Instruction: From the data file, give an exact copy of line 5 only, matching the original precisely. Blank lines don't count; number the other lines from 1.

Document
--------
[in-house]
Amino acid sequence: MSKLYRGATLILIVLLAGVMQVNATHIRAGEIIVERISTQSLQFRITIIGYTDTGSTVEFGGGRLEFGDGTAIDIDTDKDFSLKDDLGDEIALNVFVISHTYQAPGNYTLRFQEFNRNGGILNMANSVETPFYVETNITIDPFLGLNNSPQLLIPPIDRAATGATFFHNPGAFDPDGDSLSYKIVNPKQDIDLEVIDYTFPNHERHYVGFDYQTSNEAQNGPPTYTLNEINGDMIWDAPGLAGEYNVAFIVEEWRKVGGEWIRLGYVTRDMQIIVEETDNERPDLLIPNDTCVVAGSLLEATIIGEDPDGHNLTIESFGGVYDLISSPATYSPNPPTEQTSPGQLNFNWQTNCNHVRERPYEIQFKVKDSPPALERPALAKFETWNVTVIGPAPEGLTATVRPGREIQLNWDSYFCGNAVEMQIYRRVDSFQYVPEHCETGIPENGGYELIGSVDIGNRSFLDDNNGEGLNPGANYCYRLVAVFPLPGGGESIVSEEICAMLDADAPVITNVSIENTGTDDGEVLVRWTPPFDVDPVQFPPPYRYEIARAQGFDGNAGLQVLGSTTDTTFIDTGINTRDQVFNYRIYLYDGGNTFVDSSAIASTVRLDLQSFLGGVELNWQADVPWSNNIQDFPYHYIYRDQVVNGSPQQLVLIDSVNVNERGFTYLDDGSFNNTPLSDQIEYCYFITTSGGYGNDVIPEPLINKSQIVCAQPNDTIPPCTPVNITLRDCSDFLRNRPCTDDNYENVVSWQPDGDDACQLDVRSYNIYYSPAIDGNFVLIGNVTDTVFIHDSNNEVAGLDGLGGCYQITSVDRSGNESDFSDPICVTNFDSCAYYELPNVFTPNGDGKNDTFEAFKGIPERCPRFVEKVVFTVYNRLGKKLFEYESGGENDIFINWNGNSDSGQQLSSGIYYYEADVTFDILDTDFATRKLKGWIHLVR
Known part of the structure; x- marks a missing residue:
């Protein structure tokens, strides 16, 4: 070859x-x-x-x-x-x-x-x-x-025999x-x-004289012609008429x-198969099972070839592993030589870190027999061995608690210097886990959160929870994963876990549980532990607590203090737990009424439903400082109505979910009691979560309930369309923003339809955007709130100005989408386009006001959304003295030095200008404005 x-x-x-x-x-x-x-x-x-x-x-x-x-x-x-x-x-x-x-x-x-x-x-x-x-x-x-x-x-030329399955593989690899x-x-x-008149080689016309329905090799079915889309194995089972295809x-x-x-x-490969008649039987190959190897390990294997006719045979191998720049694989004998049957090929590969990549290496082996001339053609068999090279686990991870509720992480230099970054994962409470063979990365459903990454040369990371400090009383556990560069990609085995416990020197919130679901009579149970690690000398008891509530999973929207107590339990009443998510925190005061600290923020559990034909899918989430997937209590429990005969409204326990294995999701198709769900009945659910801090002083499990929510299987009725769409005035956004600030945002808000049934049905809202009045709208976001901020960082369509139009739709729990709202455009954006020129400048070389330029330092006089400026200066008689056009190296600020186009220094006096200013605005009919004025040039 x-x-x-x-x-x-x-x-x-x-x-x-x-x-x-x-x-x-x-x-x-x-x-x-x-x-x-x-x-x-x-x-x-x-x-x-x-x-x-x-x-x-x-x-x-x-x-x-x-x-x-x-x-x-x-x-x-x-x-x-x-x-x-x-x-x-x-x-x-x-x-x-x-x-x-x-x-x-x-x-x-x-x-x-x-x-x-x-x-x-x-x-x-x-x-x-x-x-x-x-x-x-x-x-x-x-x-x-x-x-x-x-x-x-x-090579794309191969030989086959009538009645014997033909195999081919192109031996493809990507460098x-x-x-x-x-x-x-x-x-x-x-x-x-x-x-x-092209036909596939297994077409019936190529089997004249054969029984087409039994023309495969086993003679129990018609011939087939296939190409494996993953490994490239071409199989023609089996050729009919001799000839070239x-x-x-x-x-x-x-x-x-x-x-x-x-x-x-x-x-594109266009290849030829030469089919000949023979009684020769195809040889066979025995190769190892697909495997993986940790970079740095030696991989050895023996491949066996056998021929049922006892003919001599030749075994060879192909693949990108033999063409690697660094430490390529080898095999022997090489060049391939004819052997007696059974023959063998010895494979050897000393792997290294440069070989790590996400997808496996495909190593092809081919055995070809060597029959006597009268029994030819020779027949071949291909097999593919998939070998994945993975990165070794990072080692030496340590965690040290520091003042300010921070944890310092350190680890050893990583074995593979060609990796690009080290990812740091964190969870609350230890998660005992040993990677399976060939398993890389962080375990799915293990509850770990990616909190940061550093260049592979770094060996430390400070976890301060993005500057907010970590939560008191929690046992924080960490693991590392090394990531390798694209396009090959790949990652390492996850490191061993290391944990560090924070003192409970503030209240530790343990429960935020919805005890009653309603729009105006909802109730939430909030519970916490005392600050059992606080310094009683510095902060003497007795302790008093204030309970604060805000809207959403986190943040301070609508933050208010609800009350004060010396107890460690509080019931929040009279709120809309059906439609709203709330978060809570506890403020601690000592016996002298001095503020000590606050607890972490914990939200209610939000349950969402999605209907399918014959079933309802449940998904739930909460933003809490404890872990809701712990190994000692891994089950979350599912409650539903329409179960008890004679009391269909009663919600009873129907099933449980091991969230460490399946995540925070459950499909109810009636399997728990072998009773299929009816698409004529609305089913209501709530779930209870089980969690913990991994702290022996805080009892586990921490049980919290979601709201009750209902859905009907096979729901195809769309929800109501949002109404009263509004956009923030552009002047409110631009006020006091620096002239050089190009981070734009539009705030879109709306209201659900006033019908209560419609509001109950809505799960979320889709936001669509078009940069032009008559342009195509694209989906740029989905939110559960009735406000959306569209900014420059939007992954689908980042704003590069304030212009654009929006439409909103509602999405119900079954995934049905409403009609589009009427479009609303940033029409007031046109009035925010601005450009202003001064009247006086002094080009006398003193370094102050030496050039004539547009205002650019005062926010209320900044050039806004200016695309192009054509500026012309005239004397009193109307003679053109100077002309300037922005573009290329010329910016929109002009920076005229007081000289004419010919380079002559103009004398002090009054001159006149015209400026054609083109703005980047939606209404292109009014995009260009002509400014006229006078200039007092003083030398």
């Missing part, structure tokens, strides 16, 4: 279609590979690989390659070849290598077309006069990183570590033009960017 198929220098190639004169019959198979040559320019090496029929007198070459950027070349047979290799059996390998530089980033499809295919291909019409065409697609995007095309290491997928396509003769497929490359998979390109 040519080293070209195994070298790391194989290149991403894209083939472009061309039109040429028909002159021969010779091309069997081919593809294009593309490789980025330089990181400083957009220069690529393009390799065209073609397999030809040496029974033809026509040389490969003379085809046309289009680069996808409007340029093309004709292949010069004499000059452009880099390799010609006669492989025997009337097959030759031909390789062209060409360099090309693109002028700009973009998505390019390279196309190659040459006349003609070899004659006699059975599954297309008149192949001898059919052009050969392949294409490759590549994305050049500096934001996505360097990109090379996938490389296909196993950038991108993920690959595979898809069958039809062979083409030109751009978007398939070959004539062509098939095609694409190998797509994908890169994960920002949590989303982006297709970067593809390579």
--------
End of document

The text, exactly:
């Missing part, structure tokens, strides 16, 4: 279609590979690989390659070849290598077309006069990183570590033009960017 198929220098190639004169019959198979040559320019090496029929007198070459950027070349047979290799059996390998530089980033499809295919291909019409065409697609995007095309290491997928396509003769497929490359998979390109 040519080293070209195994070298790391194989290149991403894209083939472009061309039109040429028909002159021969010779091309069997081919593809294009593309490789980025330089990181400083957009220069690529393009390799065209073609397999030809040496029974033809026509040389490969003379085809046309289009680069996808409007340029093309004709292949010069004499000059452009880099390799010609006669492989025997009337097959030759031909390789062209060409360099090309693109002028700009973009998505390019390279196309190659040459006349003609070899004659006699059975599954297309008149192949001898059919052009050969392949294409490759590549994305050049500096934001996505360097990109090379996938490389296909196993950038991108993920690959595979898809069958039809062979083409030109751009978007398939070959004539062509098939095609694409190998797509994908890169994960920002949590989303982006297709970067593809390579």